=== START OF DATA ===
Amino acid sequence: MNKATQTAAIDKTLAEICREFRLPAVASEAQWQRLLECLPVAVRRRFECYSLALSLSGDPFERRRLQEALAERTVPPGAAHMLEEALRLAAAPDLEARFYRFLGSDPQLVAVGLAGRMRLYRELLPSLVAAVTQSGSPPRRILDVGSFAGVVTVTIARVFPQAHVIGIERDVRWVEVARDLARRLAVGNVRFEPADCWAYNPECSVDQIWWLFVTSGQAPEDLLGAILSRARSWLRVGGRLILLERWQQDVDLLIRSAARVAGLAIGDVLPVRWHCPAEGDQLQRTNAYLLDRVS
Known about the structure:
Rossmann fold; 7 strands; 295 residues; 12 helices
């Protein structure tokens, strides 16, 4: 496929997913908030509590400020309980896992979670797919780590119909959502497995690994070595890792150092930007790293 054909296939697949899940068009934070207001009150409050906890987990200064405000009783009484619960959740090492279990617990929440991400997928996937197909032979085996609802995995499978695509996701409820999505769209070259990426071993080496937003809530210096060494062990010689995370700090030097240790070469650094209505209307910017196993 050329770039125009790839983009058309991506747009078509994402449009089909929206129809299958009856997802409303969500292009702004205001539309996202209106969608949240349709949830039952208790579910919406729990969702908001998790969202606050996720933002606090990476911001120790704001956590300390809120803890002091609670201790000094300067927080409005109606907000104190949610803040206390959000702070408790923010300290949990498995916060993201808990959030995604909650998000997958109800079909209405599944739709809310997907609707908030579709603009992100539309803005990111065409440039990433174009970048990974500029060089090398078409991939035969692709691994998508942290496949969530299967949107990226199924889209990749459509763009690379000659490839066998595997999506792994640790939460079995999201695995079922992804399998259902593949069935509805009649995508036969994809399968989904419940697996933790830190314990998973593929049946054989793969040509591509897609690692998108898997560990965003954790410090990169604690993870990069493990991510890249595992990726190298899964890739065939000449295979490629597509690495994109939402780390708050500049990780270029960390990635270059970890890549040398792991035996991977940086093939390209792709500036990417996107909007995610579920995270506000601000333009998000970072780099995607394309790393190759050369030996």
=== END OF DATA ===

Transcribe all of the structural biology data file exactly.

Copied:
Amino acid sequence: MNKATQTAAIDKTLAEICREFRLPAVASEAQWQRLLECLPVAVRRRFECYSLALSLSGDPFERRRLQEALAERTVPPGAAHMLEEALRLAAAPDLEARFYRFLGSDPQLVAVGLAGRMRLYRELLPSLVAAVTQSGSPPRRILDVGSFAGVVTVTIARVFPQAHVIGIERDVRWVEVARDLARRLAVGNVRFEPADCWAYNPECSVDQIWWLFVTSGQAPEDLLGAILSRARSWLRVGGRLILLERWQQDVDLLIRSAARVAGLAIGDVLPVRWHCPAEGDQLQRTNAYLLDRVS
Known about the structure:
Rossmann fold; 7 strands; 295 residues; 12 helices
């Protein structure tokens, strides 16, 4: 496929997913908030509590400020309980896992979670797919780590119909959502497995690994070595890792150092930007790293 054909296939697949899940068009934070207001009150409050906890987990200064405000009783009484619960959740090492279990617990929440991400997928996937197909032979085996609802995995499978695509996701409820999505769209070259990426071993080496937003809530210096060494062990010689995370700090030097240790070469650094209505209307910017196993 050329770039125009790839983009058309991506747009078509994402449009089909929206129809299958009856997802409303969500292009702004205001539309996202209106969608949240349709949830039952208790579910919406729990969702908001998790969202606050996720933002606090990476911001120790704001956590300390809120803890002091609670201790000094300067927080409005109606907000104190949610803040206390959000702070408790923010300290949990498995916060993201808990959030995604909650998000997958109800079909209405599944739709809310997907609707908030579709603009992100539309803005990111065409440039990433174009970048990974500029060089090398078409991939035969692709691994998508942290496949969530299967949107990226199924889209990749459509763009690379000659490839066998595997999506792994640790939460079995999201695995079922992804399998259902593949069935509805009649995508036969994809399968989904419940697996933790830190314990998973593929049946054989793969040509591509897609690692998108898997560990965003954790410090990169604690993870990069493990991510890249595992990726190298899964890739065939000449295979490629597509690495994109939402780390708050500049990780270029960390990635270059970890890549040398792991035996991977940086093939390209792709500036990417996107909007995610579920995270506000601000333009998000970072780099995607394309790393190759050369030996």